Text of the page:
, upon catching even the slightest whiff that they will be leaving their mother's company, burst into a mythological metamorphosis all within kicking distance better beware of. Allow me to outline a few of the signs to look for should you encounter such a terrifying spectacle. Please remember however that though menacing in appearance, these children, like all children are absolutely docile and entirely lovable beneath the spectacle of its beastly transformation:
  1. What once used to be soft buttocks swiftly jet out into a fish-like tail whipping at all within reach 
  2. Their milky soft skin hardens and becomes scaly like a coy 
  3. Like snakes to be feared they wrap themselves around the bottom limbs of their parents resisting any possibility of being left behind 
  4. Their bellies harden like a clam under predatory threat
  5. Their heads begin to bob like camels confirming to all within view that they are most definitely NOT interested in a starting their 20-some year long life of schooling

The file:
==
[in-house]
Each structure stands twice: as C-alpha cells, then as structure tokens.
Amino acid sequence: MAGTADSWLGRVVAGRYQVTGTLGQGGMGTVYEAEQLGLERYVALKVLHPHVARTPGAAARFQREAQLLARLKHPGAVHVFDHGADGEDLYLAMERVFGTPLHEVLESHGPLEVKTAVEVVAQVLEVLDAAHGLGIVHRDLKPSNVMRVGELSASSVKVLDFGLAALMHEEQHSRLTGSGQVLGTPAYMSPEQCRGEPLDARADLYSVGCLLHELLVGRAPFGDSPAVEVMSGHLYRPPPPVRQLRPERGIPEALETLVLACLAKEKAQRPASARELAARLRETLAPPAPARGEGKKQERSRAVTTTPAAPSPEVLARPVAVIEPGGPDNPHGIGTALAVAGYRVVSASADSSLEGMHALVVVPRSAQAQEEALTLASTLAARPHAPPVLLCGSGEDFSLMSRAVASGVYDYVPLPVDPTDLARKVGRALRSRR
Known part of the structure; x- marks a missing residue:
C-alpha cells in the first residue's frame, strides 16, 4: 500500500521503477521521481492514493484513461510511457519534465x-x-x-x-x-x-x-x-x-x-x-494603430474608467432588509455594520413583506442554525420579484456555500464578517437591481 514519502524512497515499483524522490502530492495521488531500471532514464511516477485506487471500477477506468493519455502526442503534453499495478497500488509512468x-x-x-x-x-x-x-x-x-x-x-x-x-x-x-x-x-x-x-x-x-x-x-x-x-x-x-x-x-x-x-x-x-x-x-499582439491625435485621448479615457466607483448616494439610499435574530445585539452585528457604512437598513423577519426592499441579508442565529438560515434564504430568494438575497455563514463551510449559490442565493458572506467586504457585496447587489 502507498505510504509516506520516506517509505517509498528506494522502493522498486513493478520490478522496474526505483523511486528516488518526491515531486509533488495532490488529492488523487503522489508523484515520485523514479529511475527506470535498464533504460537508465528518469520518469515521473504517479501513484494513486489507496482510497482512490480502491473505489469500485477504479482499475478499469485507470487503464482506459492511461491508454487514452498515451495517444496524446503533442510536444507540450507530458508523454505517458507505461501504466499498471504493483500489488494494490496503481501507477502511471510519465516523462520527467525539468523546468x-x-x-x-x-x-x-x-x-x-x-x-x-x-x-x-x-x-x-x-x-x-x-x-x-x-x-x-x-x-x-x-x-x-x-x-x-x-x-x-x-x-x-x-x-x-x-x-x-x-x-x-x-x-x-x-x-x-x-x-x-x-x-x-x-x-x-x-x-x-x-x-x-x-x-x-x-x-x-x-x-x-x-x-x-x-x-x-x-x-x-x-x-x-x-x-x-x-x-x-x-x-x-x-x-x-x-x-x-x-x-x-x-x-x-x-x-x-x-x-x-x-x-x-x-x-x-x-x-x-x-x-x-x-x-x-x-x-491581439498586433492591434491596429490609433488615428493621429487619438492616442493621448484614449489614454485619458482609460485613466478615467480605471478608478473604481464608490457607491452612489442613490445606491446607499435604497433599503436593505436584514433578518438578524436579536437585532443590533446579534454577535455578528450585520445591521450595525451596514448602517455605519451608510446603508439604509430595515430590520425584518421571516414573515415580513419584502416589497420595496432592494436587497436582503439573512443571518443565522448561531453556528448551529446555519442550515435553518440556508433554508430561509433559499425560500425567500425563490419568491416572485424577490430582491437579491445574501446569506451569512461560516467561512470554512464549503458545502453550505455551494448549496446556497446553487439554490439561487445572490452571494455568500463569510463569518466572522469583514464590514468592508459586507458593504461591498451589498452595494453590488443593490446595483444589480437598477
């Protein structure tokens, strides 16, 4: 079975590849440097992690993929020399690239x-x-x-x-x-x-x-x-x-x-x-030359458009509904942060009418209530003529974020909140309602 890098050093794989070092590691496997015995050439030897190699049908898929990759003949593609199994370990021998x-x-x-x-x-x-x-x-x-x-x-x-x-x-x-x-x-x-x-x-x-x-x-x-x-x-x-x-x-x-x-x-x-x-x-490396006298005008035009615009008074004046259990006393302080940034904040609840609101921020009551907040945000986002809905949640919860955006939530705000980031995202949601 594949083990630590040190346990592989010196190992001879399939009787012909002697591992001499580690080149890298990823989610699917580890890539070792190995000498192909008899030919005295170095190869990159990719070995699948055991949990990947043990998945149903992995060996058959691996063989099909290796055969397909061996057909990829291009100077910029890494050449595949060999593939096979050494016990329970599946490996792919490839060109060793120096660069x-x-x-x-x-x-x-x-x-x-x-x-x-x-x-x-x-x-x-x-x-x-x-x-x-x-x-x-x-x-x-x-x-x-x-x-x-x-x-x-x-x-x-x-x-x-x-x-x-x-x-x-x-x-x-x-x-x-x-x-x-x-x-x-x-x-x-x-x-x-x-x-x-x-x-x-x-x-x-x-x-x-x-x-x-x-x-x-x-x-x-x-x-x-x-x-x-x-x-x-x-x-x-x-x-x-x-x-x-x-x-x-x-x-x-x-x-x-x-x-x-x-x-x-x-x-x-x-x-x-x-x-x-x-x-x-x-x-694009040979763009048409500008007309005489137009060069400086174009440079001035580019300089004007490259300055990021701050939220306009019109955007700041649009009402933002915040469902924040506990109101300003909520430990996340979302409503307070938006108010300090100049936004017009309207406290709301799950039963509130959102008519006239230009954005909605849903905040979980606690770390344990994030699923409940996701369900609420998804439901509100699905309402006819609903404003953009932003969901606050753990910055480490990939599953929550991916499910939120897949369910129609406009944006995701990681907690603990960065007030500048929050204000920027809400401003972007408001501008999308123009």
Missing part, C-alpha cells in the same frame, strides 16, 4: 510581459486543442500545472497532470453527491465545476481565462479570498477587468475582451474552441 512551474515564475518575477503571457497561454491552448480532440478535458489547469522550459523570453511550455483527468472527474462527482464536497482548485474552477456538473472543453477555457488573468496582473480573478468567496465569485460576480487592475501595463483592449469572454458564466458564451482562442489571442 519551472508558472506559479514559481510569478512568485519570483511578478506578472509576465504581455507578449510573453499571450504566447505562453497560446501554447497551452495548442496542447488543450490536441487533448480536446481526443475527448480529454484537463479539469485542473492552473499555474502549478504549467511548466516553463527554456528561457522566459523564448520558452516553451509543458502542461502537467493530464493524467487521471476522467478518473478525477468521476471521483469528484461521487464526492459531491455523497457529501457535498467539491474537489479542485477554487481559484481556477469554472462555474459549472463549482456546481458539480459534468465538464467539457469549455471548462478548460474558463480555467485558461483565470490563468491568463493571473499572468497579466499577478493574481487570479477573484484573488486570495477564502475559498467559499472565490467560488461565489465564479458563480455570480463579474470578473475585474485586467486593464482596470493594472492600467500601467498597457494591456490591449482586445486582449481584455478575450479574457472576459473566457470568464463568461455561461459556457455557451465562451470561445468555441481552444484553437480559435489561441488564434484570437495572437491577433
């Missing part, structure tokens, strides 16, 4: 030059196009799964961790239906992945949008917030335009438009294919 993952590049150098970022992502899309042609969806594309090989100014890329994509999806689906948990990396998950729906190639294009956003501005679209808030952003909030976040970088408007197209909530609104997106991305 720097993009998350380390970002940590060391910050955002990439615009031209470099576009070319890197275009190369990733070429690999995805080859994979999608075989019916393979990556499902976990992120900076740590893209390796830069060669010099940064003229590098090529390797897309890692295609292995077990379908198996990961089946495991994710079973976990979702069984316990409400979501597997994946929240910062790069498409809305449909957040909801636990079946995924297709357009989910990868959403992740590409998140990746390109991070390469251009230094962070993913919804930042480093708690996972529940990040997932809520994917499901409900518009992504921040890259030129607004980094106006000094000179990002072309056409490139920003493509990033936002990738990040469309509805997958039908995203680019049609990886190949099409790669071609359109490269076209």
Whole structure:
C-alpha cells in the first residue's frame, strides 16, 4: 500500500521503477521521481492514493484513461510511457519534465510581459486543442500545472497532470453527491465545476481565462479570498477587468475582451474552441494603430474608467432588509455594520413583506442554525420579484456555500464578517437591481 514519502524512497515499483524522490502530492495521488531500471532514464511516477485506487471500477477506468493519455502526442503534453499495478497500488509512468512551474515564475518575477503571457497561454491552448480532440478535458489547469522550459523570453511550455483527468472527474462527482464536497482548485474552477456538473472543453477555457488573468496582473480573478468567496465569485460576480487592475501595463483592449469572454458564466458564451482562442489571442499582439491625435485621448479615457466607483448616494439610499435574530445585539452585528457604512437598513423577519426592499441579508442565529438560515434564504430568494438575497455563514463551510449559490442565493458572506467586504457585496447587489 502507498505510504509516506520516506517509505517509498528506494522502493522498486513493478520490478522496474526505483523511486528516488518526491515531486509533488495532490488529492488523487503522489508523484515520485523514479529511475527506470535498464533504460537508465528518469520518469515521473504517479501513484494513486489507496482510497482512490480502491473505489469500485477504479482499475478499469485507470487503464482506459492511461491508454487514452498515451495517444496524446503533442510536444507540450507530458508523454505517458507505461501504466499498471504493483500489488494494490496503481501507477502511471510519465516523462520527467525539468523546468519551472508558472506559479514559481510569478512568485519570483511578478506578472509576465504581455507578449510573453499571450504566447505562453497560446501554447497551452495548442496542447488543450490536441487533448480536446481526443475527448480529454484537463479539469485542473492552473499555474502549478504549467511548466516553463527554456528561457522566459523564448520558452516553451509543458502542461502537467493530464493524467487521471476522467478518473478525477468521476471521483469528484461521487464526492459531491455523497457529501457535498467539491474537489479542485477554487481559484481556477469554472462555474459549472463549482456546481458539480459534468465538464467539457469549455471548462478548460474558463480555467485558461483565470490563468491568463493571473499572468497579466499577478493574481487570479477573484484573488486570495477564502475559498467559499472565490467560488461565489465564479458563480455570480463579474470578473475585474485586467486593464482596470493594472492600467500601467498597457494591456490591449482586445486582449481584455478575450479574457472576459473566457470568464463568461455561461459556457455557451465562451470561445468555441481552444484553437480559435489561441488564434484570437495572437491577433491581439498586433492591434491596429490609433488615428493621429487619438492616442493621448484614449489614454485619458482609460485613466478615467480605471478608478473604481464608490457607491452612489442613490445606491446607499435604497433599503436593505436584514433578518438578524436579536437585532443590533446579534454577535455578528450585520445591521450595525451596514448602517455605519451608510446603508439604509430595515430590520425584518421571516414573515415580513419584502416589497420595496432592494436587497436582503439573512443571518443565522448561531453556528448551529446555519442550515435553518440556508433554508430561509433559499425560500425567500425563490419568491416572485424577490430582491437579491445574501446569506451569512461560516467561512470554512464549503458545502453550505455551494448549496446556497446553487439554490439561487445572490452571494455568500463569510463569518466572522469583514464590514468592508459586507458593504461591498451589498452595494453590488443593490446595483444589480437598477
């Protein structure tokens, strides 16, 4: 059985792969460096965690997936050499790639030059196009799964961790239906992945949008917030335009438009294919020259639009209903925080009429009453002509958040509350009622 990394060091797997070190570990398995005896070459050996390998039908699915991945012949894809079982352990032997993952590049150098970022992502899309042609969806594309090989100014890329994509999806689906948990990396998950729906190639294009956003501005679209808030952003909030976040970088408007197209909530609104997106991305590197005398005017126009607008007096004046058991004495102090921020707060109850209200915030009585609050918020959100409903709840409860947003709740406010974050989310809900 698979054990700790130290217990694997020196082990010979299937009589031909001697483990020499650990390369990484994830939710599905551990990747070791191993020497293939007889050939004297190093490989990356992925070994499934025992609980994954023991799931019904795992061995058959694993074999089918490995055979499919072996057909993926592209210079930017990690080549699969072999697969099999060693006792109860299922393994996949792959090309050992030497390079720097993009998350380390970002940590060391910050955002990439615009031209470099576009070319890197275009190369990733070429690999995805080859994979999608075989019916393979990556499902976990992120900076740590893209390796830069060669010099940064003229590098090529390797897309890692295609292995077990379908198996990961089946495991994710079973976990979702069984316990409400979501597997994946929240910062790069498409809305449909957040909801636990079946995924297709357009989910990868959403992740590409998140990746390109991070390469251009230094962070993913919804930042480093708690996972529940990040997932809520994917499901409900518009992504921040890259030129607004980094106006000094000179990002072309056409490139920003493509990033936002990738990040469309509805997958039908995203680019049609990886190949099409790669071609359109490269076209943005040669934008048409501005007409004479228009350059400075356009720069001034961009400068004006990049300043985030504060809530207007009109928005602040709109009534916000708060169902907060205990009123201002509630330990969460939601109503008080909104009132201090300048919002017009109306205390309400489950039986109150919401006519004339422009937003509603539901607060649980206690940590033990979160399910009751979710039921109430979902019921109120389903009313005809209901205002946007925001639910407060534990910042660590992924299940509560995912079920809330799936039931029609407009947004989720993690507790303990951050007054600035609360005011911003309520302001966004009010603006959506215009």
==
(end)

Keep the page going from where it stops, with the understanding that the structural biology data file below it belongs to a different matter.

6. Their tender toddler fingers morph into prehistorical claws threatening all within reach to back up less then lose a bit of their own flesh in the social adjustments transcending
  7. There are no high fives on a first day with children like this. The palms of their hands turn into the paws of tigers. They can withstand all dragging across the floor if teachers were to need to drag them to their first class. 
  8. Their ears stretch out like those of cows becoming capable to hear their mommies voice even 45 minutes later having safely arrived home. 
  9. Though 8 or some years away from puberty, they grow out the beard of a goat and their bleating sounds very much like a curse from hell from which 
  10. their horns grow out like a stag
  11. and their eyes darken into those of a demon. 
In my 10 years as an early childhood educator I have seen many of these traits present themselves but never, ever, had I witnessed them all at once...and so suddenly. Meet Dragon!! A fantastical representation of the Chinese heroic creature from which we aptly appropriated his new English name. Though we have been through these "tricky" first timers before, when one is in the thick of the madness it is often hard to believe in the peace after the storm.